What happens when one group of investors, call them the virtuous, simply won’t own a segment of the market (the sin stocks)? Well, in economist terms the market still has to “clear.” In English, everything still gets owned by someone. So, clearly the group without such qualms, call them the sinners, have to own more than they otherwise would of the sin stocks. How does a market get anyone, perhaps particularly a sinner, to own more of something? Well it pays them! In this case through a higher expected return on the segment in question. This may be unpleasant but it is just math (like math could ever be unpleasant). In the absence of extra expected return the sinners would own X of the market segment in question. The only way to get them to own X+Y is to pay them something more. Now, assuming nothing else changed, how does the market assign this sinful segment a higher expected return? Well by according it a lower price. That is, if the virtuous decide they won’t own something, the sinners then have to, and they have to be induced to through getting a higher expected return than otherwise. This in turn is achieved through a lower than otherwise price.9,10
Now for the fun part. How do the virtuous actually make the world a better place? Well to make the world a better place you want the sinning companies to sin less not just to suffer in the stock market. Does the above deliver this desired effect? Yep. Imagine a sinful company is considering a new investment project. How does it analyze this project? Well, as many of us were forced to learn in business school, it forecasts out cash flows, both positive and negative, and discounts those cash flows back to the present. If the final number is positive (a positive “NPV” in the parlance), and simplifying a bit for other complications like mutually exclusive projects, it undertakes the venture. Now I snuck in the assumption that the company knew the forecasted cash flows and the discount rate. I’m going to stick with the first assumption, that the actions of our virtuous and sinful investors don’t affect the forecasted cash flows of this potential project.11,12,13 But we can’t make this assumption for the discount rate as we know it is false and we know in which direction it’s false. Discount rates are in fact expected returns (and this is where we get our essay’s sub-title cut from Rhymin’ Simon as one man’s discount rate is another expected return). Earlier we showed that investors will demand a higher expected return from the sinful companies, due to shunning by the virtuous and the necessity to bribe the sinners to hold more of them.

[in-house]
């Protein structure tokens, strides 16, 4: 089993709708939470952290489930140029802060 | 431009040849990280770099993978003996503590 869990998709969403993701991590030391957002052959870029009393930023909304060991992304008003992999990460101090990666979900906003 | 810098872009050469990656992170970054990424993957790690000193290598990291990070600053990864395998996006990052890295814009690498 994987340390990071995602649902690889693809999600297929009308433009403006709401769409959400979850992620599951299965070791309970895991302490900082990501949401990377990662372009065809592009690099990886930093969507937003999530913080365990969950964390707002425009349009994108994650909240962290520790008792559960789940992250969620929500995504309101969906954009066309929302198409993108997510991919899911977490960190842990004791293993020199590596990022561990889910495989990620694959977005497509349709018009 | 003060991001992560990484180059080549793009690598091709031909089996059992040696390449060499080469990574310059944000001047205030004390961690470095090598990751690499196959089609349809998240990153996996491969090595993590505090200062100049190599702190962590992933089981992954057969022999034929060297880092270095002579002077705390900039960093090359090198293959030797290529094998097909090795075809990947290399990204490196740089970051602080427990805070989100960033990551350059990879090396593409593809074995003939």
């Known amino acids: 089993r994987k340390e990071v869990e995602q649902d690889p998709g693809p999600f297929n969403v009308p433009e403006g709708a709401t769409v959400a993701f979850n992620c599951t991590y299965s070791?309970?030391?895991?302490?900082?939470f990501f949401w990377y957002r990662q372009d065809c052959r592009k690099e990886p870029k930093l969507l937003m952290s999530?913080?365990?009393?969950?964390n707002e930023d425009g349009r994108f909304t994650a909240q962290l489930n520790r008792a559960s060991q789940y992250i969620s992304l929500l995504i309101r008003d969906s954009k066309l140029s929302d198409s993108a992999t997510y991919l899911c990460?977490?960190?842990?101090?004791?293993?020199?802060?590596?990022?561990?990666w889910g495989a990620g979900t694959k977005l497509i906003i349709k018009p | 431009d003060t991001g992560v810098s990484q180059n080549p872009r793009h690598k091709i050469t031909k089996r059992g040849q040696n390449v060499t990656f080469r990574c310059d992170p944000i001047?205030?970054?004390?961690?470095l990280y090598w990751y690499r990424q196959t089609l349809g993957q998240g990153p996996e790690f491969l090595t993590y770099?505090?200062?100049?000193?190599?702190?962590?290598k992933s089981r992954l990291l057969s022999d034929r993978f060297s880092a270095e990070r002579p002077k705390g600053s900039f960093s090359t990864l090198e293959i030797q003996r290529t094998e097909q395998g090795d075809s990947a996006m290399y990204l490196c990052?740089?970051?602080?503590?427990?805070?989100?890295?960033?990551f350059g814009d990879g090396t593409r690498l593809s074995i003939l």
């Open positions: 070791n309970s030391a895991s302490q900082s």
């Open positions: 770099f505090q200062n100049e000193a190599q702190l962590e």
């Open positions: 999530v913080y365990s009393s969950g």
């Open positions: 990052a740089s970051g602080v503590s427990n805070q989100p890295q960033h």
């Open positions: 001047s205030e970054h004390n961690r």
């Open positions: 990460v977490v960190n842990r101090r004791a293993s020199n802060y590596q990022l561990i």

It also directly follows that the sinful companies will have to use a higher discount rate (or, perhaps more clearly in this case, “cost of capital”) in their “should we undertake this project?” calculations. This is truly Finance 101.14 That means quite simply that fewer sinful projects will show positive NPVs and fewer will be undertaken.
Put simply, if the virtuous are not raising the cost of capital to sinful projects, what are they doing? How are they actually affecting the world as they wish to? If the cost of capital isn’t also an expected return, what is it? This might be a painful reality to swallow for the virtuous. To get precisely what they want, which is less of the bad stuff occurring, they have to pay the sinful investors in the form of a higher expected return.15